Monday, March 21, 2011

Kitchoan's Wagashi - Kurihoka (Bean Jelly) Review

In a recent post I told you about my shopping in London's Kitchoan, a Japanese shop specialising in wagashi, Japanese traditional sweets. Today I want to show you one more wagashi I bought at the shop. It is called Kurihoka:

Ingredients: Water, granulated sugar, sugared chestnut, red bean, trehalose, agar-agar, salt, colour (gardenia), sulfite

The taste was ... well, ok. I had eaten better chestnut and red bean based sweets in Japan. It was not really bad though, but not exciting either. The centre was a sugared chestnut with a sort of rough red bean mash engulfing the chestnut.

 But now to the 'natural ingredients'. I guess you could call sulphites 'natural', and it is most certainly used to keep the chestnut from discolouring. On the other hand sulphites do pose health risks. Sulphite sensitive people and people suffering from Asthma, are prone to reactions similar the one caused by food allergies. Is it really unavoidable? No, ascorbic acid would have done the trick and with no ill effects.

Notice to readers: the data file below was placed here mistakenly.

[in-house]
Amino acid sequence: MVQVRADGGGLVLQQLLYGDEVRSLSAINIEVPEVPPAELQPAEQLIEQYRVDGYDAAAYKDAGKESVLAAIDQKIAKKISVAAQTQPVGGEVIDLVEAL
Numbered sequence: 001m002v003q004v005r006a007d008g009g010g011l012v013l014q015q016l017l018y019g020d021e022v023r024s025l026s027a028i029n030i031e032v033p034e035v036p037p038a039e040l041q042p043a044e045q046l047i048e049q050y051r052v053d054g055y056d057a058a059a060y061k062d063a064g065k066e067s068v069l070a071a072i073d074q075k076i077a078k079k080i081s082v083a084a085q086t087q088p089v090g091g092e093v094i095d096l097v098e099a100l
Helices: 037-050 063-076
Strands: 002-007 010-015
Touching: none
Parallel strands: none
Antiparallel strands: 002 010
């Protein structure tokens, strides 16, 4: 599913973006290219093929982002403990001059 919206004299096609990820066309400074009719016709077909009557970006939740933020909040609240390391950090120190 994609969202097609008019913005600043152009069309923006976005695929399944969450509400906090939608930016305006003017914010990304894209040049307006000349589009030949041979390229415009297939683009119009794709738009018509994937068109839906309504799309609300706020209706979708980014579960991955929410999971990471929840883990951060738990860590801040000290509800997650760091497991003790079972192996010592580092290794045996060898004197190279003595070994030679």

The second point is trehalose. Why on earth did they put this novelty sugar in it? This time we can't speak of a natural ingredient. Although some fungi, insects, and bacteria do possess natural trehalose, the one put in our food is not: "Hayashibara started manufacturing trehalose by activating two enzymes, the glucosyltrehalose-producing enzyme that changes the reducing terminal of starch into a trehalose structure, and the trehalose free enzyme that detaches this trehalose structure. As a result, a high-purity trehalose from starch can be mass produced for a very low price." (Wikipedia). The product trehalose seems to be safe from a health aspect, altough it is not even yet known how many people do indeed possess helase, the enzyme to split the double sugar and digest it - after all we are neither fungi nor insects. There may very well be the same risk of intolerance as when adding lactose to food products. Furthermore the two main enzymes "were not evaluated completely to JECFA standards for general food safety. The Committee VNV agrees with the first assessor that the applicant should be strongly encouraged to submit the enzyme preparations for formal evaluation." Meaning there is still enough uncertantity about this novel food.

Do we need it for a good (or in this case mediocre) wagashi? Definitely not!

If you want to go for your own version (and I cannot encourage you enough), there is a chocolaty version on E-recipe and a kind of 'deconstructed' version on

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